Does a Grand Prix on the streets of Kuala Lumpur sound interesting? Hell yeah. The Kuala Lumpur Street GT Race from the 7th to 9th August was just that. I’m far from a sports junkie especially car racing but I admit it was thrilling to see Supercars, V8’s and the Formula Series in action down the straights and corners of streets most KL’ites are all too familiar with.
The 3.2km circuit ran along well-known streets of the capital city such as Jalan P. Ramlee, Jalan Ampang, Jalan Sultan Ismail and Jalan Pinang with several grand stands erected at strategic locations along the circuit. A little tropical rain which is normal for KL weather only added to the thrills and spills on race day 1 and 2. The barricades put up for the race made it difficult to get decent panning shots or any clear views of the race but in the name of public safety, it was a necessarily good thing to have around the track. Most people found their way up onto the stairways of the LRT stations to get better views of the race.
The Premium Walkabout area for which tickets were sold was also open to the public. The ground staff had no clue as to what the tickets were for. The organisers clearly did not give the ticketing aspects of this event much thought nor were the stewards manning the event much help for those with tickets. The 3 day event is claimed to have attracted a 250K audience, a number I do not think is accurate. Looks more like a number cooked up to keep the bean counters happy.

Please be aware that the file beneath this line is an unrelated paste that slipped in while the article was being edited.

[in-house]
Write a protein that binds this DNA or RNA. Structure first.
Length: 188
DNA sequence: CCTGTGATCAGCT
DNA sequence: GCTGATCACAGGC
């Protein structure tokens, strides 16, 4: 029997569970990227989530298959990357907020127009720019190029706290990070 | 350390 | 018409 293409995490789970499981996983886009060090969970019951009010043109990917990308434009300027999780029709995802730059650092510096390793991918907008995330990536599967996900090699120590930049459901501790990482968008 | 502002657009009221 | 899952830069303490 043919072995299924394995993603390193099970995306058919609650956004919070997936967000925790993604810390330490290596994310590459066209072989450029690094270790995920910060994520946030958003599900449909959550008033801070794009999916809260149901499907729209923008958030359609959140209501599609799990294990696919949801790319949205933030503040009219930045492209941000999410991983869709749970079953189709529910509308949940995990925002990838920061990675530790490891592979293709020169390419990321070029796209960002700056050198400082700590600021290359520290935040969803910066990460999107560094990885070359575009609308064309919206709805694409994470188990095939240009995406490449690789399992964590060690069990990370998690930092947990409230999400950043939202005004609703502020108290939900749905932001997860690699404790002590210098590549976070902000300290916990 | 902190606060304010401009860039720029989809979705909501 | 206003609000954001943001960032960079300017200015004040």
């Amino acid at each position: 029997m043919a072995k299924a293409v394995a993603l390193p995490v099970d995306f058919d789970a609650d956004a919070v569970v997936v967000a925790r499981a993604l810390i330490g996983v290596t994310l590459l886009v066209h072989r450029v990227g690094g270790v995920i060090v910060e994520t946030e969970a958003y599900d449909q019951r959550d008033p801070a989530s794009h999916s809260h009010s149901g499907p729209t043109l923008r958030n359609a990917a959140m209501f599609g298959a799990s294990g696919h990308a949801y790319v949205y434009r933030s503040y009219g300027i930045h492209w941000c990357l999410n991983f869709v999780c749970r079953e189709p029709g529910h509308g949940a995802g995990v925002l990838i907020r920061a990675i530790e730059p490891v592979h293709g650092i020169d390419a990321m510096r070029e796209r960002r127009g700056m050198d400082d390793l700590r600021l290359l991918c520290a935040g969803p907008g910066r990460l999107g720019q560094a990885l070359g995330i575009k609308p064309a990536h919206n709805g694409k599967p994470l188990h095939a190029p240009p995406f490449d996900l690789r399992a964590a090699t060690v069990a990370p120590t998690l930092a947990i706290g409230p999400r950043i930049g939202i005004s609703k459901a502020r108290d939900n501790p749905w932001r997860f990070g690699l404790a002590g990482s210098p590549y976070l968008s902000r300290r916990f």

On race day the grand stands were empty and the crowds were mostly gathered at the start/finish line at the Petronas Twin Towers. Most of the walk way areas were sparsely populated with a handful of people.
There were of course the usual complaints from businesses and the public alike during the run up to the event citing traffic congestion due to barricades and road closures but all in all it was a good first time effort on the part of the organisers.
However for next year’s GP, they will need to look into the shortcomings of this years race and step it up a notch if they hope to compete with the likes of Singapore, Monaco or Macau’s street GPs.